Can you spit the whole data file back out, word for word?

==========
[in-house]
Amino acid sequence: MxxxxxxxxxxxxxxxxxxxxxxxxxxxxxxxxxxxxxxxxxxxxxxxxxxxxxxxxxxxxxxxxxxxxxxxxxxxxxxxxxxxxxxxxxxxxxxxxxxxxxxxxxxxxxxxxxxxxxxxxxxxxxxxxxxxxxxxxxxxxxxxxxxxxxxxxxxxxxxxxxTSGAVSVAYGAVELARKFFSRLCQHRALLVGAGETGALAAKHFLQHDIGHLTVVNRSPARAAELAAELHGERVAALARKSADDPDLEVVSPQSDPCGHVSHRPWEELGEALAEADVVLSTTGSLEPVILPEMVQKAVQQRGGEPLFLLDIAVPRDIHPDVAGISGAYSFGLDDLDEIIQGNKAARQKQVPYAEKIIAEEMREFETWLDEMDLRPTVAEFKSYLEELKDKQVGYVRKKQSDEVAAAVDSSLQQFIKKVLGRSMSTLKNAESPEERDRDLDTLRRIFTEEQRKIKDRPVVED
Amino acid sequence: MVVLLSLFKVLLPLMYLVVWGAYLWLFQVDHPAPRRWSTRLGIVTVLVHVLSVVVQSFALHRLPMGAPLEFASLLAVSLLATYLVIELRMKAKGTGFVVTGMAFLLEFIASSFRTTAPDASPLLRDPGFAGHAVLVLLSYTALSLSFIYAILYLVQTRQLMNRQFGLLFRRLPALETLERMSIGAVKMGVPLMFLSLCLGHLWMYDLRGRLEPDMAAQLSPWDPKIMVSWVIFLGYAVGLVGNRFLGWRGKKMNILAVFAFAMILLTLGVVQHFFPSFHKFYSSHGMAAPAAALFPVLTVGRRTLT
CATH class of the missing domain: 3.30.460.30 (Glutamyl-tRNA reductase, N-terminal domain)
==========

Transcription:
[in-house]
Amino acid sequence: MxxxxxxxxxxxxxxxxxxxxxxxxxxxxxxxxxxxxxxxxxxxxxxxxxxxxxxxxxxxxxxxxxxxxxxxxxxxxxxxxxxxxxxxxxxxxxxxxxxxxxxxxxxxxxxxxxxxxxxxxxxxxxxxxxxxxxxxxxxxxxxxxxxxxxxxxxxxxxxxxxTSGAVSVAYGAVELARKFFSRLCQHRALLVGAGETGALAAKHFLQHDIGHLTVVNRSPARAAELAAELHGERVAALARKSADDPDLEVVSPQSDPCGHVSHRPWEELGEALAEADVVLSTTGSLEPVILPEMVQKAVQQRGGEPLFLLDIAVPRDIHPDVAGISGAYSFGLDDLDEIIQGNKAARQKQVPYAEKIIAEEMREFETWLDEMDLRPTVAEFKSYLEELKDKQVGYVRKKQSDEVAAAVDSSLQQFIKKVLGRSMSTLKNAESPEERDRDLDTLRRIFTEEQRKIKDRPVVED
Amino acid sequence: MVVLLSLFKVLLPLMYLVVWGAYLWLFQVDHPAPRRWSTRLGIVTVLVHVLSVVVQSFALHRLPMGAPLEFASLLAVSLLATYLVIELRMKAKGTGFVVTGMAFLLEFIASSFRTTAPDASPLLRDPGFAGHAVLVLLSYTALSLSFIYAILYLVQTRQLMNRQFGLLFRRLPALETLERMSIGAVKMGVPLMFLSLCLGHLWMYDLRGRLEPDMAAQLSPWDPKIMVSWVIFLGYAVGLVGNRFLGWRGKKMNILAVFAFAMILLTLGVVQHFFPSFHKFYSSHGMAAPAAALFPVLTVGRRTLT
CATH class of the missing domain: 3.30.460.30 (Glutamyl-tRNA reductase, N-terminal domain)